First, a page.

In many ways though, the poet’s sense of distantiation from these belief systems -- quite confidently suggested in the refusal to say the word ‘god’ -- can be viewed as the kind of distantiation hoped, exercised, or even forced among members in a family caught in a state of falling apart out of each other. Injecting the idea of family in this discussion is not incidental nor modestly relevant but rather critical, because when one discusses moral intimacies that implicate religion and religious beliefs, one steps into realms wherein the familiar becomes familial. In organized religion, belief functions as blood-line among believers; belief then, becomes critical indicator of kinship.

Now representations of distantiation, in the context of family, are often easy to recognize in amplified and theatrical simplifications: movement from one geographic location to another, absence in usual social gatherings, refusal to accept certain phone calls, refusal to assume connection with certain organizations, or, of course, explicit confession and iteration of commitment or non-commitment on something. On the other hand, when one asks to what extent these representations measure depth of separation, one starts to talk about degrees of separation, because of complexity in the process of separation. Members from any form of family-unit severing membership from that family are often aware of this complexity, because memories about being part of that unit cannot easily be severed.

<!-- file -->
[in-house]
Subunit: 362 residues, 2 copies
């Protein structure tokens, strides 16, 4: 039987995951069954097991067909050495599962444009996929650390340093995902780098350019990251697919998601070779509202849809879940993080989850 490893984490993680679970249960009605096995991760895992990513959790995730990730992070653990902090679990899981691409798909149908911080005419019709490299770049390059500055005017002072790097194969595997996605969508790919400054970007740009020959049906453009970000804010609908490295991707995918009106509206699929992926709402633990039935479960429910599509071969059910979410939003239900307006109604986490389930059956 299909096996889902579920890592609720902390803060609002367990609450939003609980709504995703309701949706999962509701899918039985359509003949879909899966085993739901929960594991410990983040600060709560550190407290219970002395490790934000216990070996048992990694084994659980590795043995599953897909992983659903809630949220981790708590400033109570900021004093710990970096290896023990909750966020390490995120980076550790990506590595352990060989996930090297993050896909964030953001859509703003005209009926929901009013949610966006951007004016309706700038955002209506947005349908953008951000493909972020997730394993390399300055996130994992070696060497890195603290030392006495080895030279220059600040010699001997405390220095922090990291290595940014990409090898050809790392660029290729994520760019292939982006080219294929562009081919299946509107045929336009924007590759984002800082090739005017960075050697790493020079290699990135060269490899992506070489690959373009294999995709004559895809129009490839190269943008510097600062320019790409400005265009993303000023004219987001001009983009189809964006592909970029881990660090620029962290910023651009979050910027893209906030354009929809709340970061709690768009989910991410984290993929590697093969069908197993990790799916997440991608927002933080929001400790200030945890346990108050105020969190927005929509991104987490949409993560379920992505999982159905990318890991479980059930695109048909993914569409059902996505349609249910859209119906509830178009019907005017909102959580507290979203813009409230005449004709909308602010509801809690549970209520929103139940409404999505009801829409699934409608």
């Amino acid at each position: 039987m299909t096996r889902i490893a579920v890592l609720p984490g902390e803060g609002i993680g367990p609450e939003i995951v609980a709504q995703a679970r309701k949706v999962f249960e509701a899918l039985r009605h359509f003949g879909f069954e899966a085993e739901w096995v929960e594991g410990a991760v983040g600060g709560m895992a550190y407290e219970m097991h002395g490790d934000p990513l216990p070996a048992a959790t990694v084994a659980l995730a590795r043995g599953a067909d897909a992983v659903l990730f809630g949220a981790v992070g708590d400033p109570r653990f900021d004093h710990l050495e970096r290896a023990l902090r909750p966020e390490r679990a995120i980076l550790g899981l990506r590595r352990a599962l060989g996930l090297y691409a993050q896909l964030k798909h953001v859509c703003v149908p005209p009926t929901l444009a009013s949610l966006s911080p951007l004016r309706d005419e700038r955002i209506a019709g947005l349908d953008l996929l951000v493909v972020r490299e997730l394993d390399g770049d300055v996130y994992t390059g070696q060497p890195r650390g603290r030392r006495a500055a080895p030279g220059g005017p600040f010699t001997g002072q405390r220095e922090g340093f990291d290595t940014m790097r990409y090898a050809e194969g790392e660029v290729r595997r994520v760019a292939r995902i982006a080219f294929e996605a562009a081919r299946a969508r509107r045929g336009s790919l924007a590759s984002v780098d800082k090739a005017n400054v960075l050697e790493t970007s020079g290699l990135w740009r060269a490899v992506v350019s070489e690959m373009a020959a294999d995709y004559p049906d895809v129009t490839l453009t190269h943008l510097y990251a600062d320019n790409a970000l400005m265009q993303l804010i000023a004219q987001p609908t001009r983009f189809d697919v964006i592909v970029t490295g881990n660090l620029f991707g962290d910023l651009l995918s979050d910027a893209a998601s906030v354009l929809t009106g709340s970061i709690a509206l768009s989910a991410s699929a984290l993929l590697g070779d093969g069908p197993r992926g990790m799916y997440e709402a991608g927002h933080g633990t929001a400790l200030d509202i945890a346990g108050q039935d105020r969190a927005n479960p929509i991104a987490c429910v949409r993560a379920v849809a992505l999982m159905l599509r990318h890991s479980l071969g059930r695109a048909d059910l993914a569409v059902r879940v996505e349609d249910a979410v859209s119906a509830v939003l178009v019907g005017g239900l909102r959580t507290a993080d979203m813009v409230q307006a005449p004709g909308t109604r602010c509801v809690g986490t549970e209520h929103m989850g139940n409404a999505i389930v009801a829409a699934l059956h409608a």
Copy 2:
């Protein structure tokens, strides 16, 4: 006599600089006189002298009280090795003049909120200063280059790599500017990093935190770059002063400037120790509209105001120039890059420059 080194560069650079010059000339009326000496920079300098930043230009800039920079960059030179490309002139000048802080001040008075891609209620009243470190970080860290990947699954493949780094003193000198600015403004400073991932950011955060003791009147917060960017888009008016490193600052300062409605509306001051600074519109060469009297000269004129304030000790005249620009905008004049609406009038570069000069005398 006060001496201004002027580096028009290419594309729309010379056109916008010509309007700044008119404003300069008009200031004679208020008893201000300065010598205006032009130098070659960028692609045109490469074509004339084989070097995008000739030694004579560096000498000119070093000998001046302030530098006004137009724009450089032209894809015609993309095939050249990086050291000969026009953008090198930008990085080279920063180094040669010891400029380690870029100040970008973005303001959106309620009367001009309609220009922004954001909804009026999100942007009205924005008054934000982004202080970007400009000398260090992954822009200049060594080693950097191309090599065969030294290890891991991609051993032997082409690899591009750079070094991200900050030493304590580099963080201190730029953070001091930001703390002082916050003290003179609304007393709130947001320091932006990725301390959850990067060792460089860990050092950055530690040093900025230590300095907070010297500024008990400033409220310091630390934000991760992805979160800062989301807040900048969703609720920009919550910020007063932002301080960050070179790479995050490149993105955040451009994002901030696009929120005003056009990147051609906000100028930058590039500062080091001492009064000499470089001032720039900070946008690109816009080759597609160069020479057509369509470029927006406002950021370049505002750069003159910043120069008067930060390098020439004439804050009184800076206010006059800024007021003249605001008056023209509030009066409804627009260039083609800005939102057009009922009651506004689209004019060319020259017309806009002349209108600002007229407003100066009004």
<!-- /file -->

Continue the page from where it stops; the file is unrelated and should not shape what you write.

The voice in this collection comes from that sort of family member, one who has tried to sever ties from a family called Christianity. This collection’s first poem convincingly takes us into that mind-space in “waiting for the day to begin”; and there are, at least, two families suggested that are intertwined here, that of the author’s and Christianity itself:
this is three degrees below
and waiting for the
day to begin

am waiting for the baby
to wake up

for objects to solidify
cast shadows and i am
waiting for christ’s name to pour
like black blood from the
mouths of priests (2)

Something about this passage is almost like a chant for Christmas celebration without lights, or perhaps one transported along the River Styx. Christmas, as we know, celebrates the birth of the Christian messiah. In this birth a Savior has arrived, whose too-familiar story resists biography and history, but rather prefers to define doctrine, one that frames and colonizes world-views.